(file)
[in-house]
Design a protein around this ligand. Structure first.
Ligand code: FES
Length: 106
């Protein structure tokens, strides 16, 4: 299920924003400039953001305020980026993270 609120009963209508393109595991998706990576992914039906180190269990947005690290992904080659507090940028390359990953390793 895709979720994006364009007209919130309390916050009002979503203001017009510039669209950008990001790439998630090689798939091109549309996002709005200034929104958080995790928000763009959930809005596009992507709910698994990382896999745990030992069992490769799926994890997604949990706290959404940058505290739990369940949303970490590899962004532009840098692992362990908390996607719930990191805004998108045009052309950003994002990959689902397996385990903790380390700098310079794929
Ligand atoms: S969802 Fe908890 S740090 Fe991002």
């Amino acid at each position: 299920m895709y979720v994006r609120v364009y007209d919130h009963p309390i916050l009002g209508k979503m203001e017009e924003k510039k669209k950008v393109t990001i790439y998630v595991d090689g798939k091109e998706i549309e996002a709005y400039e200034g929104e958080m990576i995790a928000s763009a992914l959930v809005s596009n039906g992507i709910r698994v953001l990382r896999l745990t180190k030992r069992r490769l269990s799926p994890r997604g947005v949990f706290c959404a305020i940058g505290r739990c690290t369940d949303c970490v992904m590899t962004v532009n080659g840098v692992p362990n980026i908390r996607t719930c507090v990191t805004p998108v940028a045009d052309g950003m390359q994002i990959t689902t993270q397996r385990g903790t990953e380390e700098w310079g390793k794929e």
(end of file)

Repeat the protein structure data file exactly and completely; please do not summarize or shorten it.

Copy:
[in-house]
Design a protein around this ligand. Structure first.
Ligand code: FES
Length: 106
């Protein structure tokens, strides 16, 4: 299920924003400039953001305020980026993270 609120009963209508393109595991998706990576992914039906180190269990947005690290992904080659507090940028390359990953390793 895709979720994006364009007209919130309390916050009002979503203001017009510039669209950008990001790439998630090689798939091109549309996002709005200034929104958080995790928000763009959930809005596009992507709910698994990382896999745990030992069992490769799926994890997604949990706290959404940058505290739990369940949303970490590899962004532009840098692992362990908390996607719930990191805004998108045009052309950003994002990959689902397996385990903790380390700098310079794929
Ligand atoms: S969802 Fe908890 S740090 Fe991002």
């Amino acid at each position: 299920m895709y979720v994006r609120v364009y007209d919130h009963p309390i916050l009002g209508k979503m203001e017009e924003k510039k669209k950008v393109t990001i790439y998630v595991d090689g798939k091109e998706i549309e996002a709005y400039e200034g929104e958080m990576i995790a928000s763009a992914l959930v809005s596009n039906g992507i709910r698994v953001l990382r896999l745990t180190k030992r069992r490769l269990s799926p994890r997604g947005v949990f706290c959404a305020i940058g505290r739990c690290t369940d949303c970490v992904m590899t962004v532009n080659g840098v692992p362990n980026i908390r996607t719930c507090v990191t805004p998108v940028a045009d052309g950003m390359q994002i990959t689902t993270q397996r385990g903790t990953e380390e700098w310079g390793k794929e």